5. - cicero - Friday, Apr 11, 14 @ 10:22 am:

    == * S&P isn’t overly thrilled with the recommended budget, but they do appear to prefer it…==

    Republican leaders loved to quote the bond houses when it came to pensions and to insist we follow their prescriptions to avoid more credit downgrades. Now that it comes to taxing and spending, I predict our friends on the right will be much less concerned about pleasing the bond houses. Go figure.


  6. - PublicServant - Friday, Apr 11, 14 @ 10:23 am:

    ===Illinois…has what we consider to be a broad and diverse economy with above-average wealth levels, and has flexibility to adjust spending levels. However, despite these strengths, structural imbalance has been a regular feature of its budget position for many years.===

    Read that as “Illinois has wealth and a diverse economy that Indiana and Wisconsin could only dream of, but as a result of a crop of politicians who won’t do the heavy lifting, and are always looking for the easy way out, a structural imbalance has been a regular feature of its budget position for many years, decades even.


  7. - RNUG - Friday, Apr 11, 14 @ 10:23 am:

    “if the pension reform law is struck down all heck is gonna break loose.”

    That line should probably read “WHEN the pension reform law is struck down all heck is gonna break loose.”


  8. - PublicServant - Friday, Apr 11, 14 @ 10:35 am:

    RNUG, I agree, but the issue becomes, what will they do then? I’ll hold my nose and vote Quinn, because he’s at least been making the payments, and now that the bond houses are on to the pension golden goose, they’ll be hard-pressed not to fund it going forward.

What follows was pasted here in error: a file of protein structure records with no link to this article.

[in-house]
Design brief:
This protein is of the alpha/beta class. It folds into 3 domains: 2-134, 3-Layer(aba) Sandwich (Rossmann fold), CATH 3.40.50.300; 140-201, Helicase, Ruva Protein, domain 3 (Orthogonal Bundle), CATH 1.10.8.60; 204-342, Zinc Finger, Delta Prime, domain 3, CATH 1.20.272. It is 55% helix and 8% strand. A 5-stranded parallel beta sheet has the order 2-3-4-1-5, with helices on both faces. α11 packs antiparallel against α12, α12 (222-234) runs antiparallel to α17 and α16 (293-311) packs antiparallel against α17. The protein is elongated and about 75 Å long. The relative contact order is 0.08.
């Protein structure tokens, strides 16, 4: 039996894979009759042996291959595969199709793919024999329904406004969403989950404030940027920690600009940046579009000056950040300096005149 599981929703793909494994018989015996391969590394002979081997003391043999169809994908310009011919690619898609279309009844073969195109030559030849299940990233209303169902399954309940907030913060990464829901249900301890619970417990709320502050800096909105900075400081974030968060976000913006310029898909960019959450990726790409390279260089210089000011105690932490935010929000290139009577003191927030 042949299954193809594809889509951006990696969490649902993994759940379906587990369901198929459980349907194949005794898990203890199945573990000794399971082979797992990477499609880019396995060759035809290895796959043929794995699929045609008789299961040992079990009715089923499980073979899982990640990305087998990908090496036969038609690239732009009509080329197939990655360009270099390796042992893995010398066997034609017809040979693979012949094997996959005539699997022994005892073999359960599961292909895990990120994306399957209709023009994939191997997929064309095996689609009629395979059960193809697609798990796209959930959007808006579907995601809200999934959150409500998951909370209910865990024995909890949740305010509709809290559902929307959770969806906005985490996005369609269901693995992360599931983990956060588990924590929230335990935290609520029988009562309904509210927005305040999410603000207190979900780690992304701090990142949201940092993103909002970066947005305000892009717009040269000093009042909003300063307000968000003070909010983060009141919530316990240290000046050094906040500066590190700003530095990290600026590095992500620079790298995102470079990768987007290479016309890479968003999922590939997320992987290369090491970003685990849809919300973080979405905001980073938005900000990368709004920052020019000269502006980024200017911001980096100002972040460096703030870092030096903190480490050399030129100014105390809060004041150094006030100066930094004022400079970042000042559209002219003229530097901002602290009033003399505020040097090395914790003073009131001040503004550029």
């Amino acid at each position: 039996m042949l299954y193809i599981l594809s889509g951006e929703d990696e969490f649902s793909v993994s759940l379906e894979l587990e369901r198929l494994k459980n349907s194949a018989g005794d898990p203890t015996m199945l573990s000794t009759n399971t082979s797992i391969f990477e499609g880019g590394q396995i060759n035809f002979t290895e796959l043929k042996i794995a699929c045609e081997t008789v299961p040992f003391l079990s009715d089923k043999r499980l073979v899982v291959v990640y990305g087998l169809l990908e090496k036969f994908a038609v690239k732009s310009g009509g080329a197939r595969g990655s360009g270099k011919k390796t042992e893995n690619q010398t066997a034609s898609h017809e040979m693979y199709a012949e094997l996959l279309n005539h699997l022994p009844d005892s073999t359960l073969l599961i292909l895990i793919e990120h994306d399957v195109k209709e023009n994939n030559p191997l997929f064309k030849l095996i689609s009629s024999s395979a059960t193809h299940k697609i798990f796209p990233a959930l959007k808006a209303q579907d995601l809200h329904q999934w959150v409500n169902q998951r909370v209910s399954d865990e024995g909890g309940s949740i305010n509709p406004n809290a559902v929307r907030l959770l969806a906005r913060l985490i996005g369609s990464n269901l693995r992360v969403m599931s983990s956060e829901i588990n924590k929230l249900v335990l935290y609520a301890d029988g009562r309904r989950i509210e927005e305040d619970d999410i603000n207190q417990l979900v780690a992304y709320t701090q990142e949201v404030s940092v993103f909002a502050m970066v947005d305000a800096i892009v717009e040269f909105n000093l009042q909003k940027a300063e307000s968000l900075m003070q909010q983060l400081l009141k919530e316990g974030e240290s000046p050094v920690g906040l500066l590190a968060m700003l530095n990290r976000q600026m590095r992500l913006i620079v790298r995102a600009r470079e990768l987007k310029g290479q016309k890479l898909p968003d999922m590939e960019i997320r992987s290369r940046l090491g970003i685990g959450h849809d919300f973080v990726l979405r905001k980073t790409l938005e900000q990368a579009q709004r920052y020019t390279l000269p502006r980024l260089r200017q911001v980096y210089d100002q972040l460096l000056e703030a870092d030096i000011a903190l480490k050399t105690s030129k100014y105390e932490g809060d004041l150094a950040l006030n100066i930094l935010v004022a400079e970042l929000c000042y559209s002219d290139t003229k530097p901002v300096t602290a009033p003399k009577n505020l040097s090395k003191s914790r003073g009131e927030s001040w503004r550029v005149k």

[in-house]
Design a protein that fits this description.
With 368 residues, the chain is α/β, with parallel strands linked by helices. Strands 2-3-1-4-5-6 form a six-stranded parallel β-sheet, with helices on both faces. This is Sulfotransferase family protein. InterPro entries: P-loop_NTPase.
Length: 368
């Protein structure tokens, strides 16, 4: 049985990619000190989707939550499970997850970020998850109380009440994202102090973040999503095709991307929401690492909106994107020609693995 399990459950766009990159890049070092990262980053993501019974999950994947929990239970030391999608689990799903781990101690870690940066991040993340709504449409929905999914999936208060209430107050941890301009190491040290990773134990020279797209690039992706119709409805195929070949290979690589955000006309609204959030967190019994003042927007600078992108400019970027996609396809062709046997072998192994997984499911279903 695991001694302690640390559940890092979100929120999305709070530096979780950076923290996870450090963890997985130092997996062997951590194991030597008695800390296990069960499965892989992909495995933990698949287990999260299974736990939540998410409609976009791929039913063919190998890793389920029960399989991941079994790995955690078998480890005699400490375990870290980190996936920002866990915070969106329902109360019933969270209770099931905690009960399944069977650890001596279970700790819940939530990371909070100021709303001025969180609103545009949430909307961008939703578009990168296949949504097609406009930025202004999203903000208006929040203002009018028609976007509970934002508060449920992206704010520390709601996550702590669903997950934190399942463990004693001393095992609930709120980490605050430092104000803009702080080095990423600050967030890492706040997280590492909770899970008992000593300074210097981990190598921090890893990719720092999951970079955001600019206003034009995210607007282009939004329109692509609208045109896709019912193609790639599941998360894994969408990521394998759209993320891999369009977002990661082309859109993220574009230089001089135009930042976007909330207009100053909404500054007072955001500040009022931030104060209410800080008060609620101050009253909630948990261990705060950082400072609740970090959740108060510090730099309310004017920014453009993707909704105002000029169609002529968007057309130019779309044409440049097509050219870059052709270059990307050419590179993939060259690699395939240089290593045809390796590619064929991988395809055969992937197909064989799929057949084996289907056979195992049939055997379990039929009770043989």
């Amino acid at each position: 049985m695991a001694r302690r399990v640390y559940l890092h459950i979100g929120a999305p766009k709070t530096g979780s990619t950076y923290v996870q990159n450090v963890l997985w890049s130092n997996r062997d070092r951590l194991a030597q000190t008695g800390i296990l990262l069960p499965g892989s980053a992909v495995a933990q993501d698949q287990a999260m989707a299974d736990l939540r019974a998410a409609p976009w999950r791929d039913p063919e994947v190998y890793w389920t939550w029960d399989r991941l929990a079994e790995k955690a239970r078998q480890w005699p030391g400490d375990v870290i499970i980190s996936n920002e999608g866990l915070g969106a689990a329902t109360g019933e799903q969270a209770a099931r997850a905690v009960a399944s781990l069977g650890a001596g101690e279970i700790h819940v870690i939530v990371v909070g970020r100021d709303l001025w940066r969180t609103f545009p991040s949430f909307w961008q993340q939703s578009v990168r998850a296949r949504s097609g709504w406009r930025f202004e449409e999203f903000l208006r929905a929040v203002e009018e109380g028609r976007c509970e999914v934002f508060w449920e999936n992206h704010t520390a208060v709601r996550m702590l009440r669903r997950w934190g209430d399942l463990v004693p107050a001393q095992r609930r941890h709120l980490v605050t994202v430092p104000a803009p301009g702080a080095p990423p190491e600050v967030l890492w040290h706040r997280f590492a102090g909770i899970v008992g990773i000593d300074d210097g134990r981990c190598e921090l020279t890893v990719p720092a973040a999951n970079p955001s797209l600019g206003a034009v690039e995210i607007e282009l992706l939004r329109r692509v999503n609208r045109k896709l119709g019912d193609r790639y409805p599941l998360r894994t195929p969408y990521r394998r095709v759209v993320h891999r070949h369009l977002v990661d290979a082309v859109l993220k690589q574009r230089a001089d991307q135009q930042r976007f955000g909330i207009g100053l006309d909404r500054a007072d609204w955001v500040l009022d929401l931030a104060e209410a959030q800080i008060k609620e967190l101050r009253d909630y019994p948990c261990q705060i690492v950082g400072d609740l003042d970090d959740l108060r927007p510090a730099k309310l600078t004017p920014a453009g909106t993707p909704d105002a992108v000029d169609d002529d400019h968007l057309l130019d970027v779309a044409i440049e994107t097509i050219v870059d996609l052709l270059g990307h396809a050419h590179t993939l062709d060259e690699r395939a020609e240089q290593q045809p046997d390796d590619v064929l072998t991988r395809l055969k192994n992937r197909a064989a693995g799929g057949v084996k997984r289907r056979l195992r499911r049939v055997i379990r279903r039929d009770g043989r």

9. - Mason born - Friday, Apr 11, 14 @ 10:37 am:

    “As such, our developing outlook best reflects the state of Illinois’ credit quality, in that it might improve — or get worse — in the next two years.”

    Gotta love that line. In other words “Who the Bleep knows.”


  10. - Walker - Friday, Apr 11, 14 @ 10:49 am:

    Both ratings houses prefer maintaining the current tax rates, though one acknowledges that even that won’t produce enough on a long term basis, without other changes.

    At least they take a long term view, and they use actual arithmetic in their analysis.


  11. - Arizona Bob - Friday, Apr 11, 14 @ 10:52 am:

    @Grandson
    =We are among the higher income states, yet we are among the lower income tax states. We can balance this out a bit by either keeping the income tax at 5% or doing the progressive tax.=

    It’s already been “balanced out” by property, sales and other taxes, grandson. According to the Tax Foundation, the total tax burden on Illinoisans was the 13th highest in the nation for the last reporting year (2011) at 10.2% of income.

    Please note that that was BEFORE the 67% income tax increase that the Dems passed in the dead of night in a lame duck session.

    If we add the 2% of income tax increase to the 10.2%, for a total of 12.2% of income, and I know that’s not exactly equivalent, we would have ranked 3rd in the worst tax burden sweepstakes, just behind NY (12.6%) and NJ (12.3%).

    Anyway you choose to slice it, ranking somewhere between the 13th and 3rd worst tax burden environment, the people don’t deserve an extension of this tax for bad, corrupt decisions made by our GA and govs so they can keep trying to sustain an unsustainable system a little longer. The “Illinois is a low tax state” argument is a false one, and needs to be disputed as one of those “big lies” that the money grubbing pols and public trough parasites keep perpetrating to stay in power.